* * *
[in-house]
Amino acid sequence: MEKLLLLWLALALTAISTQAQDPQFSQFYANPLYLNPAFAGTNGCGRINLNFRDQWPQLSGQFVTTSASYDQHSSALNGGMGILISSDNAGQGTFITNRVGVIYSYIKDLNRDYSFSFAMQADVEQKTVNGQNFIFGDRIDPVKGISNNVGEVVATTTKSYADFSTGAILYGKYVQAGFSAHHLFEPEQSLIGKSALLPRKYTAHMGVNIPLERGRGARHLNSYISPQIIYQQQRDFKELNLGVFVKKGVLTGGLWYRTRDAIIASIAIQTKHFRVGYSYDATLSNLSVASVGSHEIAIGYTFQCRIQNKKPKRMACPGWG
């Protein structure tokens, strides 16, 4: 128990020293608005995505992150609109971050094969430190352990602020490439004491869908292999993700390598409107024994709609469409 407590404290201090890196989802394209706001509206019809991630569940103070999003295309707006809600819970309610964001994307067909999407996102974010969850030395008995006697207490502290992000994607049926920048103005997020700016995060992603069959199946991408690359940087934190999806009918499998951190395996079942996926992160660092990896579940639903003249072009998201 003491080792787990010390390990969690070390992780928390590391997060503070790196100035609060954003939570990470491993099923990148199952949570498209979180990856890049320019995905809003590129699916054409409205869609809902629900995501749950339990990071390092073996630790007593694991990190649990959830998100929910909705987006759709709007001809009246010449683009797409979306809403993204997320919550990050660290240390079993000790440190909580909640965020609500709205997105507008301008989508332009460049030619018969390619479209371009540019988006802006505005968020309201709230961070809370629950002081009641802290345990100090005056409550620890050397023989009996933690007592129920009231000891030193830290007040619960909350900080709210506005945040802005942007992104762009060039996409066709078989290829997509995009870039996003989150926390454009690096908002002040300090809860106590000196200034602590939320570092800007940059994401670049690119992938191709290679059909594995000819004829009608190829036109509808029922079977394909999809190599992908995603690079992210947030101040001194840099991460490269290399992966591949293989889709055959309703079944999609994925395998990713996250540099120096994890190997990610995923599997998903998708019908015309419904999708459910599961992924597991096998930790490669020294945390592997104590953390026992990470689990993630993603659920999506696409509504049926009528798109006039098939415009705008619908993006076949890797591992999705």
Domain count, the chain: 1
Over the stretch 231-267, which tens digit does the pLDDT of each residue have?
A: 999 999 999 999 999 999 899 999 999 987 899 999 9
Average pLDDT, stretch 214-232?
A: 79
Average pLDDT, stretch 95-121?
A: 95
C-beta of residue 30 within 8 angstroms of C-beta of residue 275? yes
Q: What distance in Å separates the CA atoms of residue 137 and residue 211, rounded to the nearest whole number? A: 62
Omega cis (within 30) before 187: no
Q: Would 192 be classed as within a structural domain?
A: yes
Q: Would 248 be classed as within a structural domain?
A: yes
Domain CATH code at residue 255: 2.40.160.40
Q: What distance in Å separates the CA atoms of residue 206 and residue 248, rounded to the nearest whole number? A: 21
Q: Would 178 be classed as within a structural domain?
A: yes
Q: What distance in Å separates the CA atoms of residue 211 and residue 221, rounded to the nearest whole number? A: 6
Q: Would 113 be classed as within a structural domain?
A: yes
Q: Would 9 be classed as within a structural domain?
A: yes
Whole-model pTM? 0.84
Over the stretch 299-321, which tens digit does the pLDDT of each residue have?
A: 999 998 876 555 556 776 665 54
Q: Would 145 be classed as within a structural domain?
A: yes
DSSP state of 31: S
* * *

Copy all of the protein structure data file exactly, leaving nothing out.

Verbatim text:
[in-house]
Amino acid sequence: MEKLLLLWLALALTAISTQAQDPQFSQFYANPLYLNPAFAGTNGCGRINLNFRDQWPQLSGQFVTTSASYDQHSSALNGGMGILISSDNAGQGTFITNRVGVIYSYIKDLNRDYSFSFAMQADVEQKTVNGQNFIFGDRIDPVKGISNNVGEVVATTTKSYADFSTGAILYGKYVQAGFSAHHLFEPEQSLIGKSALLPRKYTAHMGVNIPLERGRGARHLNSYISPQIIYQQQRDFKELNLGVFVKKGVLTGGLWYRTRDAIIASIAIQTKHFRVGYSYDATLSNLSVASVGSHEIAIGYTFQCRIQNKKPKRMACPGWG
């Protein structure tokens, strides 16, 4: 128990020293608005995505992150609109971050094969430190352990602020490439004491869908292999993700390598409107024994709609469409 407590404290201090890196989802394209706001509206019809991630569940103070999003295309707006809600819970309610964001994307067909999407996102974010969850030395008995006697207490502290992000994607049926920048103005997020700016995060992603069959199946991408690359940087934190999806009918499998951190395996079942996926992160660092990896579940639903003249072009998201 003491080792787990010390390990969690070390992780928390590391997060503070790196100035609060954003939570990470491993099923990148199952949570498209979180990856890049320019995905809003590129699916054409409205869609809902629900995501749950339990990071390092073996630790007593694991990190649990959830998100929910909705987006759709709007001809009246010449683009797409979306809403993204997320919550990050660290240390079993000790440190909580909640965020609500709205997105507008301008989508332009460049030619018969390619479209371009540019988006802006505005968020309201709230961070809370629950002081009641802290345990100090005056409550620890050397023989009996933690007592129920009231000891030193830290007040619960909350900080709210506005945040802005942007992104762009060039996409066709078989290829997509995009870039996003989150926390454009690096908002002040300090809860106590000196200034602590939320570092800007940059994401670049690119992938191709290679059909594995000819004829009608190829036109509808029922079977394909999809190599992908995603690079992210947030101040001194840099991460490269290399992966591949293989889709055959309703079944999609994925395998990713996250540099120096994890190997990610995923599997998903998708019908015309419904999708459910599961992924597991096998930790490669020294945390592997104590953390026992990470689990993630993603659920999506696409509504049926009528798109006039098939415009705008619908993006076949890797591992999705």
Domain count, the chain: 1
Over the stretch 231-267, which tens digit does the pLDDT of each residue have?
A: 999 999 999 999 999 999 899 999 999 987 899 999 9
Average pLDDT, stretch 214-232?
A: 79
Average pLDDT, stretch 95-121?
A: 95
C-beta of residue 30 within 8 angstroms of C-beta of residue 275? yes
Q: What distance in Å separates the CA atoms of residue 137 and residue 211, rounded to the nearest whole number? A: 62
Omega cis (within 30) before 187: no
Q: Would 192 be classed as within a structural domain?
A: yes
Q: Would 248 be classed as within a structural domain?
A: yes
Domain CATH code at residue 255: 2.40.160.40
Q: What distance in Å separates the CA atoms of residue 206 and residue 248, rounded to the nearest whole number? A: 21
Q: Would 178 be classed as within a structural domain?
A: yes
Q: What distance in Å separates the CA atoms of residue 211 and residue 221, rounded to the nearest whole number? A: 6
Q: Would 113 be classed as within a structural domain?
A: yes
Q: Would 9 be classed as within a structural domain?
A: yes
Whole-model pTM? 0.84
Over the stretch 299-321, which tens digit does the pLDDT of each residue have?
A: 999 998 876 555 556 776 665 54
Q: Would 145 be classed as within a structural domain?
A: yes
DSSP state of 31: S